League of Women Voters, et al. v. California DMV (Voting Rights)
In May of 2017, the League of Women Voters of California, ACCE Institute, California Common Cause, and National Council of La Raza filed suit against California officials alleging that the California Department of Motor Vehicles mail renewal process violates the National Voter Registration Act, commonly known as the motor-voter law.
Motor voter requires states to incorporate voter registration into DMV transactions so that customers can easily and seamlessly register to vote when they apply for or renew their driver’s licenses or state ID cards. But California unlawfully requires Californians who renew by mail to complete a separate voter registration form that seeks information duplicative of the driver’s license renewal process.
While officials in California are claiming that they are addressing this problem, they are still unwilling to enter into a binding agreement, even though it has been more than two years since they were first put on notice.
Plaintiffs are represented by the ACLU of Northern California, the national ACLU Foundation, Demos, and the law firm of Morrison & Foerster.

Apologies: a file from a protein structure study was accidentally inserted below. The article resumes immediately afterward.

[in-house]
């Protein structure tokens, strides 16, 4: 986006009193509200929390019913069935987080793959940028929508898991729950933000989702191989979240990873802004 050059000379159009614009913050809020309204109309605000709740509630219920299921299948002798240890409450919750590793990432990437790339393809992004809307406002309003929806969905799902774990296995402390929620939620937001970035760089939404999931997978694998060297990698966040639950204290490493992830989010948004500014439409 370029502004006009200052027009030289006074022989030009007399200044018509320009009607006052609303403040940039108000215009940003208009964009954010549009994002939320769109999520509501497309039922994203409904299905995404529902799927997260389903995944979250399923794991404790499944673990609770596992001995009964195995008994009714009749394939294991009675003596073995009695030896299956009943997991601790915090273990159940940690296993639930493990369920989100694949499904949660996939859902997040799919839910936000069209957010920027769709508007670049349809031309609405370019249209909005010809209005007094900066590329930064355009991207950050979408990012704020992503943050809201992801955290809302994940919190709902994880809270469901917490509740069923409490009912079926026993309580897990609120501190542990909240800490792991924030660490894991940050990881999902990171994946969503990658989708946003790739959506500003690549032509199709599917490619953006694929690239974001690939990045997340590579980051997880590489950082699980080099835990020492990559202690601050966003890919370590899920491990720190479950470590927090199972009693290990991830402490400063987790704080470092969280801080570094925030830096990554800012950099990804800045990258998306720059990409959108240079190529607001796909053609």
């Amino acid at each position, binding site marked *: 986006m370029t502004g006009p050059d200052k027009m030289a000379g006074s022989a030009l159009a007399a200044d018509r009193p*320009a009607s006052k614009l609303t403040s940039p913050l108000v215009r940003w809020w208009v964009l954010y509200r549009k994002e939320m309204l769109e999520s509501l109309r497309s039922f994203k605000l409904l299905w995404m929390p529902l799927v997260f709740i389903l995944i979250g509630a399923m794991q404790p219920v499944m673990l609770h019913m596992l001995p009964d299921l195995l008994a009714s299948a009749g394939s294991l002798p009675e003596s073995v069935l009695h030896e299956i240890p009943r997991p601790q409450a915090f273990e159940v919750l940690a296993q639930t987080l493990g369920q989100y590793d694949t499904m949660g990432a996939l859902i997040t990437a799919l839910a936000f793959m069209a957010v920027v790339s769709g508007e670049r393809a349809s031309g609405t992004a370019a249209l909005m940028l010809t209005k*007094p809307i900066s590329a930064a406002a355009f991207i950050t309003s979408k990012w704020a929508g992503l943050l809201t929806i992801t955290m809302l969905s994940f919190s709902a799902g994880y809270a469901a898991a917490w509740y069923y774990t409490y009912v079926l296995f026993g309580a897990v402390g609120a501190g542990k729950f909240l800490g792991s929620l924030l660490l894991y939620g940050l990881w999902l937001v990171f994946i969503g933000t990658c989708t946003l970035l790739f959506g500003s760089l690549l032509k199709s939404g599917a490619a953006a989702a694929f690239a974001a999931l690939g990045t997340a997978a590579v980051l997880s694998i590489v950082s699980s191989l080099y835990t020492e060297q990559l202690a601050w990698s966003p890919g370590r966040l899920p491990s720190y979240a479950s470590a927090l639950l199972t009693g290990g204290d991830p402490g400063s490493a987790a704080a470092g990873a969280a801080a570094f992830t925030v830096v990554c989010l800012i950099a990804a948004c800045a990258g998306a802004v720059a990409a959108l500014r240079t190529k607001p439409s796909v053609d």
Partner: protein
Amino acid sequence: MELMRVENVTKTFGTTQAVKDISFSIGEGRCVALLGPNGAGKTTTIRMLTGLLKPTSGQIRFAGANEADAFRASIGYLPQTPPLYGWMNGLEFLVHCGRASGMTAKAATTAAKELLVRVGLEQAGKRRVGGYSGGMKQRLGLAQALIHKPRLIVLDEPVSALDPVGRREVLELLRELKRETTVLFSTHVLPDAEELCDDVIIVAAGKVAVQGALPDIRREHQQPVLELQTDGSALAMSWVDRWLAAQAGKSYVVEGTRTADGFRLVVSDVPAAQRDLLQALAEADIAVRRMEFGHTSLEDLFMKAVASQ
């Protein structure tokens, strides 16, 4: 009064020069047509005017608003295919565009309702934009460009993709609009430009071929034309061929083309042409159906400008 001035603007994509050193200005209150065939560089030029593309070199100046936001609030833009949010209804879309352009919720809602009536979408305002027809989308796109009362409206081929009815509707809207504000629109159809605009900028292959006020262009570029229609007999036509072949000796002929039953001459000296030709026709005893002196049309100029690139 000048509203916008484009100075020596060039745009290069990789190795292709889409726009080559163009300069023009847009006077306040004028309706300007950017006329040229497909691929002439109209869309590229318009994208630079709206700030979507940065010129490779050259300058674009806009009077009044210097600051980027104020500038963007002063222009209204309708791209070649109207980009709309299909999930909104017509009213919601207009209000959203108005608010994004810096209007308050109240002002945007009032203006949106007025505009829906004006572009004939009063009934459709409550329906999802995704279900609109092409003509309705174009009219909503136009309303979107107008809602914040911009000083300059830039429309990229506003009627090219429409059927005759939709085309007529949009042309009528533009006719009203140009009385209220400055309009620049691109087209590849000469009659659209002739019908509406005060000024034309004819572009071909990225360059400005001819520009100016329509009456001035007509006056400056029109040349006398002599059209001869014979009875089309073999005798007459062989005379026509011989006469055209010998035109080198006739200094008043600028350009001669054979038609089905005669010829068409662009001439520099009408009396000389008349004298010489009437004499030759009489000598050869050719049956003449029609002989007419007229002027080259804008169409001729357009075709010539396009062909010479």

On August 25, 2017, the United States District Court for the Northern District of California denied a motion filed by California state officials seeking to dismiss the case. The court found that the current process is not consistent with the law’s requirement that the voter registration process can't require any information that duplicates information in the driver’s license process. Given the court’s ruling, the plaintiffs hope that officials in California will now be willing to commit to a time line for when the necessary improvements will be made to the mail renewal process.
On January 11, 2018, the State agreed to make the changes necessary to comply with the law by April 2018.